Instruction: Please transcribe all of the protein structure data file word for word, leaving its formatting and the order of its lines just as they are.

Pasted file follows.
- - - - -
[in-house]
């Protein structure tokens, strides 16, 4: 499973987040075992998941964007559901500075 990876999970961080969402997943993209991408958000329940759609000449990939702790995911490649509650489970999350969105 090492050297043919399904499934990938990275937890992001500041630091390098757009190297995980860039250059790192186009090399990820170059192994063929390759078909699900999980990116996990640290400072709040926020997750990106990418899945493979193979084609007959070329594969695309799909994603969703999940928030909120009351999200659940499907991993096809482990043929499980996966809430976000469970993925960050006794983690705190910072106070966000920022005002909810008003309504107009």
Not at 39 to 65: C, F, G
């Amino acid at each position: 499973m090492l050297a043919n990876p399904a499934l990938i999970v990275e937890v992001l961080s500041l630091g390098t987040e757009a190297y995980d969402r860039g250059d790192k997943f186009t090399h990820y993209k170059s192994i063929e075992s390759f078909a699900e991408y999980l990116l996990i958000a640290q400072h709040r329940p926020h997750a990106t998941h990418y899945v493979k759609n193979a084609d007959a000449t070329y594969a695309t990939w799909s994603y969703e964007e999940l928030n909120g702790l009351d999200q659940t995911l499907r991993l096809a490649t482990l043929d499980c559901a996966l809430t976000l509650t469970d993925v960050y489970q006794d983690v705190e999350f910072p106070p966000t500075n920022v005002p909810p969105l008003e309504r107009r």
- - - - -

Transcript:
[in-house]
């Protein structure tokens, strides 16, 4: 499973987040075992998941964007559901500075 990876999970961080969402997943993209991408958000329940759609000449990939702790995911490649509650489970999350969105 090492050297043919399904499934990938990275937890992001500041630091390098757009190297995980860039250059790192186009090399990820170059192994063929390759078909699900999980990116996990640290400072709040926020997750990106990418899945493979193979084609007959070329594969695309799909994603969703999940928030909120009351999200659940499907991993096809482990043929499980996966809430976000469970993925960050006794983690705190910072106070966000920022005002909810008003309504107009």
Not at 39 to 65: C, F, G
């Amino acid at each position: 499973m090492l050297a043919n990876p399904a499934l990938i999970v990275e937890v992001l961080s500041l630091g390098t987040e757009a190297y995980d969402r860039g250059d790192k997943f186009t090399h990820y993209k170059s192994i063929e075992s390759f078909a699900e991408y999980l990116l996990i958000a640290q400072h709040r329940p926020h997750a990106t998941h990418y899945v493979k759609n193979a084609d007959a000449t070329y594969a695309t990939w799909s994603y969703e964007e999940l928030n909120g702790l009351d999200q659940t995911l499907r991993l096809a490649t482990l043929d499980c559901a996966l809430t976000l509650t469970d993925v960050y489970q006794d983690v705190e999350f910072p106070p966000t500075n920022v005002p909810p969105l008003e309504r107009r």